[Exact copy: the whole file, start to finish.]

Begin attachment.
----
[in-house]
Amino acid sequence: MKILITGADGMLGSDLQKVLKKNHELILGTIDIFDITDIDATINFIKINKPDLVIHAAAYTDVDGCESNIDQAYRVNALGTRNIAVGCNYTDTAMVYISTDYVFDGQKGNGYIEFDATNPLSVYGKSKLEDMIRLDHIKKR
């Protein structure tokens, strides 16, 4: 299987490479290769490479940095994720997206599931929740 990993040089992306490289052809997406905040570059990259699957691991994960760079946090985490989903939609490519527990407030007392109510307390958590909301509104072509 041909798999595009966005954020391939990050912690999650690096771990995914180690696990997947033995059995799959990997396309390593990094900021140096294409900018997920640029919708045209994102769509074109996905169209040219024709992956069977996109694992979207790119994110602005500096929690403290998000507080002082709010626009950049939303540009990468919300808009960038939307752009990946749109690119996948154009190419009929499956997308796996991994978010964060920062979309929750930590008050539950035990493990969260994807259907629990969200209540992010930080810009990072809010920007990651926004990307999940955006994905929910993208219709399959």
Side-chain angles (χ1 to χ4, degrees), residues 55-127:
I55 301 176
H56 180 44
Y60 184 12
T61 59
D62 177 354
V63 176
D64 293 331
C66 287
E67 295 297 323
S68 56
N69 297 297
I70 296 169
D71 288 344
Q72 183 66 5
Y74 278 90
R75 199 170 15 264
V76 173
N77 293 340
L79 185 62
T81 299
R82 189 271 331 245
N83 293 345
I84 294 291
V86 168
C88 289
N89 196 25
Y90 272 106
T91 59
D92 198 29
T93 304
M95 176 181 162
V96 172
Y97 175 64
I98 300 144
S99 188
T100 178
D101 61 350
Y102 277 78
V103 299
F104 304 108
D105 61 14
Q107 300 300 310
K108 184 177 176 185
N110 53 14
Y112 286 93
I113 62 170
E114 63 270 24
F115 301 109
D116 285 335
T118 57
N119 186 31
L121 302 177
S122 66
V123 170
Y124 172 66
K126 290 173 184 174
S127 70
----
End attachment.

[in-house]
Amino acid sequence: MKILITGADGMLGSDLQKVLKKNHELILGTIDIFDITDIDATINFIKINKPDLVIHAAAYTDVDGCESNIDQAYRVNALGTRNIAVGCNYTDTAMVYISTDYVFDGQKGNGYIEFDATNPLSVYGKSKLEDMIRLDHIKKR
């Protein structure tokens, strides 16, 4: 299987490479290769490479940095994720997206599931929740 990993040089992306490289052809997406905040570059990259699957691991994960760079946090985490989903939609490519527990407030007392109510307390958590909301509104072509 041909798999595009966005954020391939990050912690999650690096771990995914180690696990997947033995059995799959990997396309390593990094900021140096294409900018997920640029919708045209994102769509074109996905169209040219024709992956069977996109694992979207790119994110602005500096929690403290998000507080002082709010626009950049939303540009990468919300808009960038939307752009990946749109690119996948154009190419009929499956997308796996991994978010964060920062979309929750930590008050539950035990493990969260994807259907629990969200209540992010930080810009990072809010920007990651926004990307999940955006994905929910993208219709399959």
Side-chain angles (χ1 to χ4, degrees), residues 55-127:
I55 301 176
H56 180 44
Y60 184 12
T61 59
D62 177 354
V63 176
D64 293 331
C66 287
E67 295 297 323
S68 56
N69 297 297
I70 296 169
D71 288 344
Q72 183 66 5
Y74 278 90
R75 199 170 15 264
V76 173
N77 293 340
L79 185 62
T81 299
R82 189 271 331 245
N83 293 345
I84 294 291
V86 168
C88 289
N89 196 25
Y90 272 106
T91 59
D92 198 29
T93 304
M95 176 181 162
V96 172
Y97 175 64
I98 300 144
S99 188
T100 178
D101 61 350
Y102 277 78
V103 299
F104 304 108
D105 61 14
Q107 300 300 310
K108 184 177 176 185
N110 53 14
Y112 286 93
I113 62 170
E114 63 270 24
F115 301 109
D116 285 335
T118 57
N119 186 31
L121 302 177
S122 66
V123 170
Y124 172 66
K126 290 173 184 174
S127 70